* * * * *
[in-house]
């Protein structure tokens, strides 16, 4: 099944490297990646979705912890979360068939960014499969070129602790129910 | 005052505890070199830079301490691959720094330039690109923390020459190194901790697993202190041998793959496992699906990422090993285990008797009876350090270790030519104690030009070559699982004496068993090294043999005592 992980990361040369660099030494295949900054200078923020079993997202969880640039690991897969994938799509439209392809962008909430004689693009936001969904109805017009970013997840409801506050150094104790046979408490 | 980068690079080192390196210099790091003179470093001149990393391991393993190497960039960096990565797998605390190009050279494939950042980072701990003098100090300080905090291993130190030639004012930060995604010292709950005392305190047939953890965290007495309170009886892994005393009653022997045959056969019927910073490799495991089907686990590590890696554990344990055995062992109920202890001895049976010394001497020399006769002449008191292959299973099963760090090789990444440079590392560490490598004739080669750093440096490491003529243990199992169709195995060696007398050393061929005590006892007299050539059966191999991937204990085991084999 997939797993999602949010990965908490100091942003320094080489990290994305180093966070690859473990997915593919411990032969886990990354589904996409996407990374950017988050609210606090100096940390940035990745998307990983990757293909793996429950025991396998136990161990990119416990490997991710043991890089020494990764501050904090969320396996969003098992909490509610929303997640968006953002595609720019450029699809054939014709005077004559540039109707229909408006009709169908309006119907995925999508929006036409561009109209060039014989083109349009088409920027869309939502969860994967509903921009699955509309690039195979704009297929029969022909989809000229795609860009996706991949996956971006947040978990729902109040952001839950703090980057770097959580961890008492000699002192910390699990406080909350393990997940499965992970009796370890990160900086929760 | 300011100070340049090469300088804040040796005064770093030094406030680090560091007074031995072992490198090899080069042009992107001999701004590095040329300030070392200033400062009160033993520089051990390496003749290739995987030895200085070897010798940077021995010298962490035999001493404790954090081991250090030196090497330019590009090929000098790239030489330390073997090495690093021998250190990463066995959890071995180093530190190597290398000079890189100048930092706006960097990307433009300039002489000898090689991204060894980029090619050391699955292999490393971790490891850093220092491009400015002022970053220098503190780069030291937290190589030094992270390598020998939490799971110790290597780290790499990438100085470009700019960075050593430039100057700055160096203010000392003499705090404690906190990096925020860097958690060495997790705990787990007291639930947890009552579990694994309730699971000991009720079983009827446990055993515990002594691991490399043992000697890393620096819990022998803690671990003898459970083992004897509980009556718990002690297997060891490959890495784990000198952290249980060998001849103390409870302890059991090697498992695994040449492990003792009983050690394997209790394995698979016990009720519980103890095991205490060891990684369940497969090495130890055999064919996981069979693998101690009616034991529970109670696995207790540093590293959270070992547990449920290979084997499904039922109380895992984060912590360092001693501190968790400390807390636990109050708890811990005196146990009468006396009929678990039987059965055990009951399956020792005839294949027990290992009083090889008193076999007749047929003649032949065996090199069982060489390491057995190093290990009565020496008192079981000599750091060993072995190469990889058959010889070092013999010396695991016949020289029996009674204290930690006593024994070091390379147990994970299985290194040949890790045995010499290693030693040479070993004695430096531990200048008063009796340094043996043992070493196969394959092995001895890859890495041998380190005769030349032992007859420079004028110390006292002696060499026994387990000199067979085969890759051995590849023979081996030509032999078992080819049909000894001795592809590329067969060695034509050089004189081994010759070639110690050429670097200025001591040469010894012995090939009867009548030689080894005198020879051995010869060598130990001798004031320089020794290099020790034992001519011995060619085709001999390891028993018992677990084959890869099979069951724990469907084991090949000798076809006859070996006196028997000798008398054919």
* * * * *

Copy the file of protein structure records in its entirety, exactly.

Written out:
[in-house]
């Protein structure tokens, strides 16, 4: 099944490297990646979705912890979360068939960014499969070129602790129910 | 005052505890070199830079301490691959720094330039690109923390020459190194901790697993202190041998793959496992699906990422090993285990008797009876350090270790030519104690030009070559699982004496068993090294043999005592 992980990361040369660099030494295949900054200078923020079993997202969880640039690991897969994938799509439209392809962008909430004689693009936001969904109805017009970013997840409801506050150094104790046979408490 | 980068690079080192390196210099790091003179470093001149990393391991393993190497960039960096990565797998605390190009050279494939950042980072701990003098100090300080905090291993130190030639004012930060995604010292709950005392305190047939953890965290007495309170009886892994005393009653022997045959056969019927910073490799495991089907686990590590890696554990344990055995062992109920202890001895049976010394001497020399006769002449008191292959299973099963760090090789990444440079590392560490490598004739080669750093440096490491003529243990199992169709195995060696007398050393061929005590006892007299050539059966191999991937204990085991084999 997939797993999602949010990965908490100091942003320094080489990290994305180093966070690859473990997915593919411990032969886990990354589904996409996407990374950017988050609210606090100096940390940035990745998307990983990757293909793996429950025991396998136990161990990119416990490997991710043991890089020494990764501050904090969320396996969003098992909490509610929303997640968006953002595609720019450029699809054939014709005077004559540039109707229909408006009709169908309006119907995925999508929006036409561009109209060039014989083109349009088409920027869309939502969860994967509903921009699955509309690039195979704009297929029969022909989809000229795609860009996706991949996956971006947040978990729902109040952001839950703090980057770097959580961890008492000699002192910390699990406080909350393990997940499965992970009796370890990160900086929760 | 300011100070340049090469300088804040040796005064770093030094406030680090560091007074031995072992490198090899080069042009992107001999701004590095040329300030070392200033400062009160033993520089051990390496003749290739995987030895200085070897010798940077021995010298962490035999001493404790954090081991250090030196090497330019590009090929000098790239030489330390073997090495690093021998250190990463066995959890071995180093530190190597290398000079890189100048930092706006960097990307433009300039002489000898090689991204060894980029090619050391699955292999490393971790490891850093220092491009400015002022970053220098503190780069030291937290190589030094992270390598020998939490799971110790290597780290790499990438100085470009700019960075050593430039100057700055160096203010000392003499705090404690906190990096925020860097958690060495997790705990787990007291639930947890009552579990694994309730699971000991009720079983009827446990055993515990002594691991490399043992000697890393620096819990022998803690671990003898459970083992004897509980009556718990002690297997060891490959890495784990000198952290249980060998001849103390409870302890059991090697498992695994040449492990003792009983050690394997209790394995698979016990009720519980103890095991205490060891990684369940497969090495130890055999064919996981069979693998101690009616034991529970109670696995207790540093590293959270070992547990449920290979084997499904039922109380895992984060912590360092001693501190968790400390807390636990109050708890811990005196146990009468006396009929678990039987059965055990009951399956020792005839294949027990290992009083090889008193076999007749047929003649032949065996090199069982060489390491057995190093290990009565020496008192079981000599750091060993072995190469990889058959010889070092013999010396695991016949020289029996009674204290930690006593024994070091390379147990994970299985290194040949890790045995010499290693030693040479070993004695430096531990200048008063009796340094043996043992070493196969394959092995001895890859890495041998380190005769030349032992007859420079004028110390006292002696060499026994387990000199067979085969890759051995590849023979081996030509032999078992080819049909000894001795592809590329067969060695034509050089004189081994010759070639110690050429670097200025001591040469010894012995090939009867009548030689080894005198020879051995010869060598130990001798004031320089020794290099020790034992001519011995060619085709001999390891028993018992677990084959890869099979069951724990469907084991090949000798076809006859070996006196028997000798008398054919």